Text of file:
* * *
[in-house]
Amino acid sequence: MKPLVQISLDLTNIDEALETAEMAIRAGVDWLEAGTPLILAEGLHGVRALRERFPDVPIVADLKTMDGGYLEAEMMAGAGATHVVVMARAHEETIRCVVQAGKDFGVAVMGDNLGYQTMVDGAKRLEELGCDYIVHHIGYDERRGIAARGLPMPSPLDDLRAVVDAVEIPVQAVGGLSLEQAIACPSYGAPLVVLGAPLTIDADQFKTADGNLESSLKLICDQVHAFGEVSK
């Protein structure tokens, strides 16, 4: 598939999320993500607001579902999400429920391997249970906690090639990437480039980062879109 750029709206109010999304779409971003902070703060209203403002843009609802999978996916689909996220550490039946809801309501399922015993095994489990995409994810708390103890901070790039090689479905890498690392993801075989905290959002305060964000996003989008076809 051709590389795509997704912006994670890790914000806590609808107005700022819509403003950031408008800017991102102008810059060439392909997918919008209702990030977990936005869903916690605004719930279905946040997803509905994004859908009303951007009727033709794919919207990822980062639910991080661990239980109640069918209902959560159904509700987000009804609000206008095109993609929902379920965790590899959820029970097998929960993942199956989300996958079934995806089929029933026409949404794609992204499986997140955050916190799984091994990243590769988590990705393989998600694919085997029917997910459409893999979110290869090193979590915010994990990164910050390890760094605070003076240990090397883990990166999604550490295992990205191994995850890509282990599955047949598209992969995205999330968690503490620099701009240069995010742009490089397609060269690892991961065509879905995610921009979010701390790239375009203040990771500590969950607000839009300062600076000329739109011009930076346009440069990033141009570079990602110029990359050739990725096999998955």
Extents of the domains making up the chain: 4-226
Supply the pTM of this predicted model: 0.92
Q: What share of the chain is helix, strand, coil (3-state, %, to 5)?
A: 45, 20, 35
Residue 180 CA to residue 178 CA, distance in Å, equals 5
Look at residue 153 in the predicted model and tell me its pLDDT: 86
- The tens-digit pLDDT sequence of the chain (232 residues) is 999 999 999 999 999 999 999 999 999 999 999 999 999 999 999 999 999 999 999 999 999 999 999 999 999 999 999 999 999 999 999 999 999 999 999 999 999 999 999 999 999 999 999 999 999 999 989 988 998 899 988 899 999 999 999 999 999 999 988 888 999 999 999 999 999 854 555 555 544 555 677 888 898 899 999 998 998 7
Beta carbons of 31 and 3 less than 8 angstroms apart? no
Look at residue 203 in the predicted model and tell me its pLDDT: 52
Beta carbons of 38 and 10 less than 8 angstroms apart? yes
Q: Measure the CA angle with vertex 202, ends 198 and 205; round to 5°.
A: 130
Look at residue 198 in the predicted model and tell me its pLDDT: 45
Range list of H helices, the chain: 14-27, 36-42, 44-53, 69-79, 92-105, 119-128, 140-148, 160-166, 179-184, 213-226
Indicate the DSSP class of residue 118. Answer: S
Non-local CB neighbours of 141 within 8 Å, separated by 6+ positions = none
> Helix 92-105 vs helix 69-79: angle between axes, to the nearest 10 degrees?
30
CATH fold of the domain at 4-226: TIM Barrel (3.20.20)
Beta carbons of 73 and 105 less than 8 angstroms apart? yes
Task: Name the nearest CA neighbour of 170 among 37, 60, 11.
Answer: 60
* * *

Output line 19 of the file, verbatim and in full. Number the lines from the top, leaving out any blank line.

Non-local CB neighbours of 141 within 8 Å, separated by 6+ positions = none